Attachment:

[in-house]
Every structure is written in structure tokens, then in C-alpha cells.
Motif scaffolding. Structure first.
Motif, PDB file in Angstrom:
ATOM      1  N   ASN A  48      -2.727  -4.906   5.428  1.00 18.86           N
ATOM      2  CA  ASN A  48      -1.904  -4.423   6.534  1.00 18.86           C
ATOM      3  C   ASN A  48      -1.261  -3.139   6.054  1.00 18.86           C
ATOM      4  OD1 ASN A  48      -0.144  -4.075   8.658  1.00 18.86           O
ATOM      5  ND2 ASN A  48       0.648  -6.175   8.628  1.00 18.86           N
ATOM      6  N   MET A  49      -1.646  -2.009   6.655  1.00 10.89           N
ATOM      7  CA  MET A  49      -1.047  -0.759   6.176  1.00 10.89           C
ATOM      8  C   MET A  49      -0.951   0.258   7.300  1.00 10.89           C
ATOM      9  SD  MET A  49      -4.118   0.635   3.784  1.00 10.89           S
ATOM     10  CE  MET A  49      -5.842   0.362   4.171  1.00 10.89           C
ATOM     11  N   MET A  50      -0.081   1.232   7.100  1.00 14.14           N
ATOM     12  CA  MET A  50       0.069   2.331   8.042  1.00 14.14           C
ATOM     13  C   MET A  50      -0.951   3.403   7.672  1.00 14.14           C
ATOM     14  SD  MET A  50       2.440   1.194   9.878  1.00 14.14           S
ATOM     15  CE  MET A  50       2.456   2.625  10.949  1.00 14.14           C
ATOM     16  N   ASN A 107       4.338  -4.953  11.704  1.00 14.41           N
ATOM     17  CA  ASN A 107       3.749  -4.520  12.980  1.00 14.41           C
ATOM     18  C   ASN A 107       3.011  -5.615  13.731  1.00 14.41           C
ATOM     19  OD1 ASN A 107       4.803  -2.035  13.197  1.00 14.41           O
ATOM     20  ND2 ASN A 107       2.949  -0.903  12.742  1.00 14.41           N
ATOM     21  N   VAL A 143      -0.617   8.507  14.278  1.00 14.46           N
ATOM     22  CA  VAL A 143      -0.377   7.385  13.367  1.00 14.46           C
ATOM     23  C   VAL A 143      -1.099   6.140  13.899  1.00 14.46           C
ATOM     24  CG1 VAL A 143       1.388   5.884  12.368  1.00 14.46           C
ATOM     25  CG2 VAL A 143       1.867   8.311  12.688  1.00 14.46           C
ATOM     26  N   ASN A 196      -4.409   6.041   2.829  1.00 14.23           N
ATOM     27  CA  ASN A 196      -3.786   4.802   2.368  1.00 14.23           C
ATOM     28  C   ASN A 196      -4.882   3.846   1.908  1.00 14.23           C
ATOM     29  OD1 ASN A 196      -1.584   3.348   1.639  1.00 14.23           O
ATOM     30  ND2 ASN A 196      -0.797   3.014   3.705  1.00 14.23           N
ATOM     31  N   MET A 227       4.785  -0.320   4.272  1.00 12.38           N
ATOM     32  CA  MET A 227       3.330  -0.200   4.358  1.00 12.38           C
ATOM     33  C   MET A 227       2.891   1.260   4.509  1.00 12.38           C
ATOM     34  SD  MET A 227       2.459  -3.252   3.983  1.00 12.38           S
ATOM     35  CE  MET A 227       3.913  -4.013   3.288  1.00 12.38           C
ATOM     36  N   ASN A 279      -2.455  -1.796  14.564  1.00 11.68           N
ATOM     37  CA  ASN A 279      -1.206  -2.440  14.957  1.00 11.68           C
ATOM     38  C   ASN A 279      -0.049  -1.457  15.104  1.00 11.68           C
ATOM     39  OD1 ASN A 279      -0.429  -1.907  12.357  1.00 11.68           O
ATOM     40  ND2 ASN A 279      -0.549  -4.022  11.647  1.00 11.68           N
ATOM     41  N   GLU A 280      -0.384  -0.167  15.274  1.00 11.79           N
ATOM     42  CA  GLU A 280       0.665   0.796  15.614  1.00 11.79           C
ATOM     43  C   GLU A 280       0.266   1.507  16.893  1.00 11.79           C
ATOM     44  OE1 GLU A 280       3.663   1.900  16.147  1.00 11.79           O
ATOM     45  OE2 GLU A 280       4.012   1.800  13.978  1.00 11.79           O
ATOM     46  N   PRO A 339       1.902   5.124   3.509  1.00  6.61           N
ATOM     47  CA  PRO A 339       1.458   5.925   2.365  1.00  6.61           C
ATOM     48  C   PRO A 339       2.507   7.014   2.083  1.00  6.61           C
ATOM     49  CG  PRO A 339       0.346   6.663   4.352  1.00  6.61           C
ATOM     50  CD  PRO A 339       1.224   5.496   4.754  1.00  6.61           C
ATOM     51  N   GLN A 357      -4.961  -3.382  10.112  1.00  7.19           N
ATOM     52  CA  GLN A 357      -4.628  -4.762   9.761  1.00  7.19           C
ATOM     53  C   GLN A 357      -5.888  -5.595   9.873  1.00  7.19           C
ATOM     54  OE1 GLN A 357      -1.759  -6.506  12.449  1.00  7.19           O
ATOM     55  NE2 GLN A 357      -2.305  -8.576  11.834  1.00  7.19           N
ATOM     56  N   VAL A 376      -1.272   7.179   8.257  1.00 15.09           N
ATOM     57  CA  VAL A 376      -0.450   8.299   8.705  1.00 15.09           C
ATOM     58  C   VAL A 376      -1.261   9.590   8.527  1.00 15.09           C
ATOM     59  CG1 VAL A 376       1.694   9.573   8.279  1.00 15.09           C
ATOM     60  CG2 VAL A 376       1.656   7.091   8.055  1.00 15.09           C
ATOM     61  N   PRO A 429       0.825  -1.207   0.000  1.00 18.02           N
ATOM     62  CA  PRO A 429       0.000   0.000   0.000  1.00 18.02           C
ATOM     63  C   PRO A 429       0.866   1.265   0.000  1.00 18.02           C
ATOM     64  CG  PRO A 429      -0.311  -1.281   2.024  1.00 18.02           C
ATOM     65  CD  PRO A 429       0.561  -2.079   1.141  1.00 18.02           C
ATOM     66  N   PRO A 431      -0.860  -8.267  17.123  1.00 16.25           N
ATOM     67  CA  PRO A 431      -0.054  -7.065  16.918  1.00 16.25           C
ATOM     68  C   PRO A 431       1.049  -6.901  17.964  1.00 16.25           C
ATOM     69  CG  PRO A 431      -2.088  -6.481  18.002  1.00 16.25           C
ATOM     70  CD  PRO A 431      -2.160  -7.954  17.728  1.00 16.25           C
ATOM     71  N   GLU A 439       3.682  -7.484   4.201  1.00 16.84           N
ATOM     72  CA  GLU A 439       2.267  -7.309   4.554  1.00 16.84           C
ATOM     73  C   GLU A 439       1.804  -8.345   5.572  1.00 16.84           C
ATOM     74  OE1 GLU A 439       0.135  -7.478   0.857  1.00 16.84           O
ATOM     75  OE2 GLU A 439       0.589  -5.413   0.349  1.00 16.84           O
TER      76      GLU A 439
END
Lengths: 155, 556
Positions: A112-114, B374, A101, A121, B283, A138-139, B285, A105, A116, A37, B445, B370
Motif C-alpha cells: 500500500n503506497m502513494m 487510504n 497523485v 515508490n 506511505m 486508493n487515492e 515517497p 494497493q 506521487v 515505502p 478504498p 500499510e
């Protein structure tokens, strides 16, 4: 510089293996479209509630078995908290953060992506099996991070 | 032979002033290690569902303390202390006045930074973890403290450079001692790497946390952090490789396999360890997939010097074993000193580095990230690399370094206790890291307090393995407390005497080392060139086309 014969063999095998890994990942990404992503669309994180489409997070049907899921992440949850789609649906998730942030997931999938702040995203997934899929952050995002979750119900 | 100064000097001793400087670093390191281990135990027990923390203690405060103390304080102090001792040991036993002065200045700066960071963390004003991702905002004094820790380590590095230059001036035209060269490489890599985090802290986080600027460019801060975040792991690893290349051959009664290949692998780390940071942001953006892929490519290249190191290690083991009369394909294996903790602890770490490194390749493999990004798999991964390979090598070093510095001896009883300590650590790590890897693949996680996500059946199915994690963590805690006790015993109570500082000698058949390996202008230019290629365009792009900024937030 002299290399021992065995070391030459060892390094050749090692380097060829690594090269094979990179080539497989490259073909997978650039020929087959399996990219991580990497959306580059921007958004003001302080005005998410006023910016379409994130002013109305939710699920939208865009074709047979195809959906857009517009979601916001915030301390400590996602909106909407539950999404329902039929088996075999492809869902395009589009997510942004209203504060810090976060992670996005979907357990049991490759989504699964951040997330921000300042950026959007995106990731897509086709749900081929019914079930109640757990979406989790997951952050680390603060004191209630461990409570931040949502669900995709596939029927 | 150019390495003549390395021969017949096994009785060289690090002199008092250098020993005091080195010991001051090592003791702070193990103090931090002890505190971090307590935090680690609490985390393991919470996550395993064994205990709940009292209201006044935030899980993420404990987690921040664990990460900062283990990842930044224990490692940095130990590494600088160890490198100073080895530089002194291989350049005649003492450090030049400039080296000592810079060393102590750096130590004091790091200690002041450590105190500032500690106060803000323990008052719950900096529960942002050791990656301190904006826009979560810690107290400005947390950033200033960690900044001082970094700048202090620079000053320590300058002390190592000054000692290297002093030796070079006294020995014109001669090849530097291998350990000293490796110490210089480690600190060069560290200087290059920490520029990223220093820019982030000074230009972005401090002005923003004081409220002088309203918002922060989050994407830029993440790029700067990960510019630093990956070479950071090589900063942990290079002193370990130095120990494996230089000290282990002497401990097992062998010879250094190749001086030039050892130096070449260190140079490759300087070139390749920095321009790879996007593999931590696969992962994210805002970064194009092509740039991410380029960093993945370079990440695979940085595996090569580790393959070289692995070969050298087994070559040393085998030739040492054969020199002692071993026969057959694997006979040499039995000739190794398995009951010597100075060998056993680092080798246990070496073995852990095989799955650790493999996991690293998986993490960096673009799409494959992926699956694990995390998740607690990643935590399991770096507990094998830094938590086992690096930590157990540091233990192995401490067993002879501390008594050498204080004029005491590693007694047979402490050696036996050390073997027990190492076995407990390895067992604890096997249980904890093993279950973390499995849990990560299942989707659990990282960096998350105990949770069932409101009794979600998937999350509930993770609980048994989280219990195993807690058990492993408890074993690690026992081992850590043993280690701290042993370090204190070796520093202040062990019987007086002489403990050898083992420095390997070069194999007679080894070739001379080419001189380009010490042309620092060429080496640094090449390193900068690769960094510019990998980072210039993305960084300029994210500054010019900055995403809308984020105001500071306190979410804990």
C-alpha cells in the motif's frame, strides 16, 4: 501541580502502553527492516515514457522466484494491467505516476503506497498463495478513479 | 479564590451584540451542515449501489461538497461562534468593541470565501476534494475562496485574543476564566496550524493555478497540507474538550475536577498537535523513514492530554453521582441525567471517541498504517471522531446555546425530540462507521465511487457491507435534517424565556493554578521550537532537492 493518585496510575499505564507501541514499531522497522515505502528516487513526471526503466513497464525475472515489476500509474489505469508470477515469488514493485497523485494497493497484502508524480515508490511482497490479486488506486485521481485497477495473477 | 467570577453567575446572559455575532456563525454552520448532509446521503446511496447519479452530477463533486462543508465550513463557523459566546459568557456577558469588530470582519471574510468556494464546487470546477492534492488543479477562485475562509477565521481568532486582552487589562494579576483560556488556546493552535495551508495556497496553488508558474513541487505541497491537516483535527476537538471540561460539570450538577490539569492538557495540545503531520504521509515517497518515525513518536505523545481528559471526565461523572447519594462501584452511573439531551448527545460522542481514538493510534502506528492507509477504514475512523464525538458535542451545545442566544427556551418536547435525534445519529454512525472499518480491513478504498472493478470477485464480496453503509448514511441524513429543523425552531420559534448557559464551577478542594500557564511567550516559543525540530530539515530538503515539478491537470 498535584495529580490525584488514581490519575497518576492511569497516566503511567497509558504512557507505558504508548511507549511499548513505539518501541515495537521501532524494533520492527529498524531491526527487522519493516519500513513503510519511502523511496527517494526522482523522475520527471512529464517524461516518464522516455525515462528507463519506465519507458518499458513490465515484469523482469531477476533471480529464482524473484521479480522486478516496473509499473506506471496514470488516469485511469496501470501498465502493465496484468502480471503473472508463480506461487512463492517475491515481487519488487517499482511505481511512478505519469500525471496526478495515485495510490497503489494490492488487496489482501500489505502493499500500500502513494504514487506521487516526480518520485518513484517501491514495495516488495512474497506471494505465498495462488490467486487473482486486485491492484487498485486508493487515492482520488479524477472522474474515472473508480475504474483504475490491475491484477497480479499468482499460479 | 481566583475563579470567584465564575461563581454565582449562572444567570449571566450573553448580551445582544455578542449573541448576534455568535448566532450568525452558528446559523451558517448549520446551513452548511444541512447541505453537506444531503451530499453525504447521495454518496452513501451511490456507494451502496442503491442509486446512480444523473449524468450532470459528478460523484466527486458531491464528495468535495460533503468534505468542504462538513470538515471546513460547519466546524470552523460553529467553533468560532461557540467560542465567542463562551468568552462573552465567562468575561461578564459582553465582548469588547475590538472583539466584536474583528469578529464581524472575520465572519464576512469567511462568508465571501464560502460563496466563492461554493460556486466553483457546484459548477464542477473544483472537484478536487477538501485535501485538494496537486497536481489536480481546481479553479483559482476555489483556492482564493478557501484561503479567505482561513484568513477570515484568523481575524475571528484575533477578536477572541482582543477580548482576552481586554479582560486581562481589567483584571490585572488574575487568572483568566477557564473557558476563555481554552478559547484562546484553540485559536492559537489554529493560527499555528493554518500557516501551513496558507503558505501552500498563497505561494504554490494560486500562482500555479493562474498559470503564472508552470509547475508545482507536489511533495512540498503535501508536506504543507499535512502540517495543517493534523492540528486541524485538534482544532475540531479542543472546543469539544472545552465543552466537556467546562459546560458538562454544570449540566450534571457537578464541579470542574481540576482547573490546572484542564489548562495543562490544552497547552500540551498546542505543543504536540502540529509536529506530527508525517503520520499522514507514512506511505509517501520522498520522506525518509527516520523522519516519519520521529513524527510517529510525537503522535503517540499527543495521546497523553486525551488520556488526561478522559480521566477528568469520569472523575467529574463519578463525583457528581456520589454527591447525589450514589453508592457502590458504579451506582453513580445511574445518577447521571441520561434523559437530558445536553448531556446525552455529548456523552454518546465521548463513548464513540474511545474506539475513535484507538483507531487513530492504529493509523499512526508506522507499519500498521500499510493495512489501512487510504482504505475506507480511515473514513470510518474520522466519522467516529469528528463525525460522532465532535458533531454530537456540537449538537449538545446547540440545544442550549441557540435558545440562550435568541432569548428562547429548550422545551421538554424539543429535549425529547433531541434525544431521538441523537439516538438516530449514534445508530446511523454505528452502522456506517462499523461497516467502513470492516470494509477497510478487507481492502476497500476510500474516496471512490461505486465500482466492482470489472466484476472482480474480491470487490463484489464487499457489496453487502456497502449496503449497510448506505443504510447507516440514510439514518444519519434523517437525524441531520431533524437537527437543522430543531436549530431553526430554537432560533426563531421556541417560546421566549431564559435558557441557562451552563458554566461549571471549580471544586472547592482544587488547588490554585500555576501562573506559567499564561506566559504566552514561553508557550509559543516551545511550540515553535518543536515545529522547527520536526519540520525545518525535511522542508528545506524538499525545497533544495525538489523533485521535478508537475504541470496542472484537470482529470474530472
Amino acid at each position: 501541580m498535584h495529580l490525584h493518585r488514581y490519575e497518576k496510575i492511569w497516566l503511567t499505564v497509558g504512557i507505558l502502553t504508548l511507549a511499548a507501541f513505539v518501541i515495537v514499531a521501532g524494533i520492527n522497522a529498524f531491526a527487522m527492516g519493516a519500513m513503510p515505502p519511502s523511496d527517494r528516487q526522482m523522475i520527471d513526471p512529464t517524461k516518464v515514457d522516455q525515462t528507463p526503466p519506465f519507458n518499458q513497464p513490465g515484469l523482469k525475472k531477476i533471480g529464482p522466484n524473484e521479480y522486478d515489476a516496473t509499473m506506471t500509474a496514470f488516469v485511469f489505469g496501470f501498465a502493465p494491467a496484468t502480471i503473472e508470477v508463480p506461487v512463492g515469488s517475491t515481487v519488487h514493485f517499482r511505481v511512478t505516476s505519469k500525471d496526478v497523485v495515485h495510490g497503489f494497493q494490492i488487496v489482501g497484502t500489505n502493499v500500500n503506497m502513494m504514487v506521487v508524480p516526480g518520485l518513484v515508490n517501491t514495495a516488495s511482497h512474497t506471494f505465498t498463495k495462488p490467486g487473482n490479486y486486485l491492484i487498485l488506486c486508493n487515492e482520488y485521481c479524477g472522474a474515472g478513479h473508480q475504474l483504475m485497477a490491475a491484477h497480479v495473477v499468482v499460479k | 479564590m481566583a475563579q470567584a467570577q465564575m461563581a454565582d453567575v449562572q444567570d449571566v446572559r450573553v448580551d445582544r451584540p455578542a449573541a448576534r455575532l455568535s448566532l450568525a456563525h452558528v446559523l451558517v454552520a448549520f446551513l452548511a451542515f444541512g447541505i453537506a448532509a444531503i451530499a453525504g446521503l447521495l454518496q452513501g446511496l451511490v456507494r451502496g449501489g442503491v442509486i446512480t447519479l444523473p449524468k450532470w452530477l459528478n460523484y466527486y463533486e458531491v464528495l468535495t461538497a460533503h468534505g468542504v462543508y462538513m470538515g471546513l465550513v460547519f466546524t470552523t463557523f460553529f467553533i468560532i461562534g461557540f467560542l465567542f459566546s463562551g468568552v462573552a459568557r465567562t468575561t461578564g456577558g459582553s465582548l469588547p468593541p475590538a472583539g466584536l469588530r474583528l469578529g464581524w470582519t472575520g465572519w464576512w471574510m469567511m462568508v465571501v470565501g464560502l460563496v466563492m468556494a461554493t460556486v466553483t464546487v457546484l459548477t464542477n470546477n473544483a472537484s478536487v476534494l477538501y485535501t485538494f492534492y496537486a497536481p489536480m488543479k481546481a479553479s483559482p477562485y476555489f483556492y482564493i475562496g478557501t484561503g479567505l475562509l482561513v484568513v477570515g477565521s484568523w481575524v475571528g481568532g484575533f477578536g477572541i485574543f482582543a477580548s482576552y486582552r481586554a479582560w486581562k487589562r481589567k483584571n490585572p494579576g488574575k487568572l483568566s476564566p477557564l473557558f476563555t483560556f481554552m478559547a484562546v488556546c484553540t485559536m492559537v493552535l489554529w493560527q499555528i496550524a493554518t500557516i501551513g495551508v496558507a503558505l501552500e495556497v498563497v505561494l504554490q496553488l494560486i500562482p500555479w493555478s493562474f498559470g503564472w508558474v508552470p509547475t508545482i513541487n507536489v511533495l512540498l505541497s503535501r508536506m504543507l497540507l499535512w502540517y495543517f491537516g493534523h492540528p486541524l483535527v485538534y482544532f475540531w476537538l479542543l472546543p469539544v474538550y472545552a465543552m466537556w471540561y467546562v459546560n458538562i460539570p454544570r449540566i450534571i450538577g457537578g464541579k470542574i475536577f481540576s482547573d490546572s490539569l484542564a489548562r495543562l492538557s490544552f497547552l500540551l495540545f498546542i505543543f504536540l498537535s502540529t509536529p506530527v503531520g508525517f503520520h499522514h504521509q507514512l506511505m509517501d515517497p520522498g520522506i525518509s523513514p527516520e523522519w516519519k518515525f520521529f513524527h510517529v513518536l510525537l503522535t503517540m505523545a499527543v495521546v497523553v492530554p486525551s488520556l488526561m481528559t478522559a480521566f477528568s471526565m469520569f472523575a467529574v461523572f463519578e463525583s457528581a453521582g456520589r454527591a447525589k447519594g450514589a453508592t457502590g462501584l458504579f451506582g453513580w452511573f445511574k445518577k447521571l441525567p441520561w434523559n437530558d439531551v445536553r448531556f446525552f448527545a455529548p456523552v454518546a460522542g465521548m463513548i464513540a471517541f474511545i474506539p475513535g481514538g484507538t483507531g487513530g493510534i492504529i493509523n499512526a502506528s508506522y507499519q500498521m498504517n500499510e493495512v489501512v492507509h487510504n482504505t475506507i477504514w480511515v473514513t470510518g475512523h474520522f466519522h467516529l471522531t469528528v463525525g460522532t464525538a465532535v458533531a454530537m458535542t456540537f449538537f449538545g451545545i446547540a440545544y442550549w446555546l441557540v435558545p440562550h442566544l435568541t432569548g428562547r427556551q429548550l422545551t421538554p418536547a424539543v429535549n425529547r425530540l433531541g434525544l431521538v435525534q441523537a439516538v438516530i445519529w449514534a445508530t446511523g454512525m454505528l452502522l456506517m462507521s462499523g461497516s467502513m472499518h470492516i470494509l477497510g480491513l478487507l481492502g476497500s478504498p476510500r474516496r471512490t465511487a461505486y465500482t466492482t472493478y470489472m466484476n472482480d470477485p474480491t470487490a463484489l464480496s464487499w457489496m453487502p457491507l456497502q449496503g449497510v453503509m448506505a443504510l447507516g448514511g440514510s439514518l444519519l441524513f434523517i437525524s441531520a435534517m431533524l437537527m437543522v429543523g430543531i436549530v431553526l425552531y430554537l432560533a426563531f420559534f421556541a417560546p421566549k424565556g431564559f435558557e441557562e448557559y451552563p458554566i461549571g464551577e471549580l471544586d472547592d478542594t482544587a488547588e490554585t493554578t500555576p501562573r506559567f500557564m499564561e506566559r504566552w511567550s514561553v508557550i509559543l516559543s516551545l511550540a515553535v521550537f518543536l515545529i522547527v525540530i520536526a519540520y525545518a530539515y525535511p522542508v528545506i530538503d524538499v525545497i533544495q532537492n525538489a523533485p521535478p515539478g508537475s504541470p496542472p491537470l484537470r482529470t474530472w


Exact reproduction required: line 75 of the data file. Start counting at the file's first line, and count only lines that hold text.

ATOM     71  N   GLU A 439       3.682  -7.484   4.201  1.00 16.84           N